Thursday, February 10, 2011

“The poor will always be with you” and the legislature will make certain of that!

It’s true. Jesus did say, “You will always have the poor with you.” And the legislature wants to make darned sure this happens…but they have missed his point! 
Dan Neal of the Equality State Policy Center reports the latest effort of the legislature to assure the poor will not only always be with us but that they will continue to be poorer. This week the House rejected a bill to provide meager unemployment benefits. The reality of seven straight quarters of decline in new business formation and the loss of 15,200 Wyoming jobs wasn’t persuasive. Somebody’s elected representatives still turned down 38 million dollars in federal unemployment funds in favor of stereotyping those who are without work.
That is 38 million dollars that will remain in Washington for who knows what instead of circulating in Wyoming through the wallets of landlords, grocers, clothiers, service providers and others who could have used those dollars to create jobs here.
This follows the defeat of another bill that would have limited the ability of payday loan sharks from exploiting the poor. It seems clear someone has a stake in making certain the poor will always be with us.
Fifteen years ago, President Clinton and Congress “reformed” the welfare laws. Wyoming took full advantage tossing more than 90% of the old AFDC population off the “welfare” rolls and into the deep end of the employment seeking pool. People often ask what happened to those people. Most of them who were able went to work. Welfare reform created a forced labor supply for employers who paid substandard wages with no benefits such as health insurance. 
As Rep. Kendell Kroeker (R-Evansville) said on the floor, “I think the compassionate thing to do is make it difficult for people who don’t have a job so they go out there and hustle to find one.”  That attitude assures wages remain low and also requires the taxpayers to pick up the tab.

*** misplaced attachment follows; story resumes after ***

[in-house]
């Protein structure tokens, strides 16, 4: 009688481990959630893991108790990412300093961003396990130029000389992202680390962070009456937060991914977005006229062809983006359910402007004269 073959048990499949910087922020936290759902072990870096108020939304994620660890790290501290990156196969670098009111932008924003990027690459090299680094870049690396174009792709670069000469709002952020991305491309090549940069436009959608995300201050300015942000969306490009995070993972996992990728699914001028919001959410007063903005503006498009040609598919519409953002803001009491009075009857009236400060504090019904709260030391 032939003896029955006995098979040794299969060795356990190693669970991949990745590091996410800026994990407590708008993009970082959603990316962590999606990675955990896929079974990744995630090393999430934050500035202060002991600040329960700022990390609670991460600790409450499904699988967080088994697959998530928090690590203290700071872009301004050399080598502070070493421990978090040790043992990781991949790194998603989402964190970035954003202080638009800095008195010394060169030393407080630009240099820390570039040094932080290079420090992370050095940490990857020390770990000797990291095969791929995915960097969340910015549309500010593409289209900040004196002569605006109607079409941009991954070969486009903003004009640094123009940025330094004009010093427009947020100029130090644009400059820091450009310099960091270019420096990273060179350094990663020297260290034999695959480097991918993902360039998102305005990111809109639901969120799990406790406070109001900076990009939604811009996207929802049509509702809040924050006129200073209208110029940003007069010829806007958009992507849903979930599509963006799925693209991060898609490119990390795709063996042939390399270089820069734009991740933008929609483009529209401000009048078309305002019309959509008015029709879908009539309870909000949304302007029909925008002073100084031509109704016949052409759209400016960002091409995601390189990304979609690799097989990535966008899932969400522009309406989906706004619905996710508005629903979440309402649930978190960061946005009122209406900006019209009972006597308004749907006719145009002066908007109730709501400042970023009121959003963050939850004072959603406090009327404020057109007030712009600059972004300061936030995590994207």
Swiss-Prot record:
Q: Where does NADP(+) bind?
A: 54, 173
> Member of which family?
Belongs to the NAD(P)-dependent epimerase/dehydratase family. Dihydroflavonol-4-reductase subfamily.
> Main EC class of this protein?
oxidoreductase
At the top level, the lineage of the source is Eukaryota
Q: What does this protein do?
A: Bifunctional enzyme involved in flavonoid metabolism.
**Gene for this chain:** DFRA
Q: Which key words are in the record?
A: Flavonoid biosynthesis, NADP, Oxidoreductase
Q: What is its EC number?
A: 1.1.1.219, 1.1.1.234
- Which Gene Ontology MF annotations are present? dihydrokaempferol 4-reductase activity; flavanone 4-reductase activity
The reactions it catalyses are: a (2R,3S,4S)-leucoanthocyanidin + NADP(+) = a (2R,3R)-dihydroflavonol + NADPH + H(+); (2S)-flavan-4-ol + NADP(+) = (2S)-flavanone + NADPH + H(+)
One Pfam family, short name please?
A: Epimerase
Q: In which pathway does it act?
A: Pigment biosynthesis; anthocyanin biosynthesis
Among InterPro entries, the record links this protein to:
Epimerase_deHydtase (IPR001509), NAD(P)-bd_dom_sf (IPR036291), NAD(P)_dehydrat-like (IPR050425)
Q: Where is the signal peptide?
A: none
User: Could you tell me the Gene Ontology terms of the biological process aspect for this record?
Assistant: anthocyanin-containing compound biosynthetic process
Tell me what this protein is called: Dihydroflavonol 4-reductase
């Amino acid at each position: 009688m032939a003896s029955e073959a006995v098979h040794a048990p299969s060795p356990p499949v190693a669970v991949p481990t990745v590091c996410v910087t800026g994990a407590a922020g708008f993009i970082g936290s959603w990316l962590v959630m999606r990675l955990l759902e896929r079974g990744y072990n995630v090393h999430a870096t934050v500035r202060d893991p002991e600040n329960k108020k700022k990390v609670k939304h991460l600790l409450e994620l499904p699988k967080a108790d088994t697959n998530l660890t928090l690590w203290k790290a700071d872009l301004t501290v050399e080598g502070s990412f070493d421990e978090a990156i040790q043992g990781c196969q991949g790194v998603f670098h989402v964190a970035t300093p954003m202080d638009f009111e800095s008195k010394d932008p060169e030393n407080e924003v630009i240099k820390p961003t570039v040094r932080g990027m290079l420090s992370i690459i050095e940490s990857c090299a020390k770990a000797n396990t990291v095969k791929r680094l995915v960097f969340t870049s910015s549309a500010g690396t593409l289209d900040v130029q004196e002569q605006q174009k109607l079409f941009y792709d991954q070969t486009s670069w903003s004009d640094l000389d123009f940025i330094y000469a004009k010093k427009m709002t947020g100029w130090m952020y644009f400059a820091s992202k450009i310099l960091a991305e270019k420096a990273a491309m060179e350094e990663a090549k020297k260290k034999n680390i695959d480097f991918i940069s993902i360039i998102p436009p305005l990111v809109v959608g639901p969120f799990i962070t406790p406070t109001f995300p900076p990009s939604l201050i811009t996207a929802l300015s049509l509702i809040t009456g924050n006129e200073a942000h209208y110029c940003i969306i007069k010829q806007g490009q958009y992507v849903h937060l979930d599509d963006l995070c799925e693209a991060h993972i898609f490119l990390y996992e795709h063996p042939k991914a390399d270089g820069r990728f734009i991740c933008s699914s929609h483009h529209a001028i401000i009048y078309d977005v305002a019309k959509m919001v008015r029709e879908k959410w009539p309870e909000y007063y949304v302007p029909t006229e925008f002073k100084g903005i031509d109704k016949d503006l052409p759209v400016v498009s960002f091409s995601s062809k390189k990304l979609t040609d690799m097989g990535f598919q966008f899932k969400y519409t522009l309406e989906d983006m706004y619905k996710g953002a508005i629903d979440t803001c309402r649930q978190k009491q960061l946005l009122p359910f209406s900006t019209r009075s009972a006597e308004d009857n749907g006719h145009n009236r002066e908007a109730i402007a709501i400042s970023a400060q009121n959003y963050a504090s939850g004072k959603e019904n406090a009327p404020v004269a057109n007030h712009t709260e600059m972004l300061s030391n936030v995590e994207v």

This assured labor supply makes it possible to pay even lower wages. Low income workers continue to be eligible for other public benefits such as food stamps, child care and Medicaid. Taxpayers are required to subsidize employers who get off with “compassionately” paying low wages. You see, the reason poverty continues to exist is that someone always has a stake in its perpetuation…and it’s not the poor.
Can you now understand a little better why a majority of someone’s elected representatives would reject federal funds to help unemployed workers survive this recession? It also explains why the legislature is so reluctant to put limits on how much usury they will tolerate from those who loan money to workers whose paychecks won’t quite stretch to the end of a month. But it doesn’t explain the handwringing about the Medicaid budget. If the legislature acts with one hand to make certain the poor are always with us and uses the other hand to point a finger at Medicaid’s budget as a culprit, what we have is a failure of one hand to communicate honestly with the other.
Oh by the way, when Jesus said, “The poor will always be with you,” it was not an invitation to exploit them, but a judgment against those who do. The Bible Jesus read included a promise from God.  There should be no poor among you… if only you fully obey the LORD your God. If there is a poor man among your brothers in any of the towns of the land that the LORD your God is giving you, do not be hardhearted or tightfisted toward your poor brother.”  (Deuteronomy 15:4-11)

No comments:

Post a Comment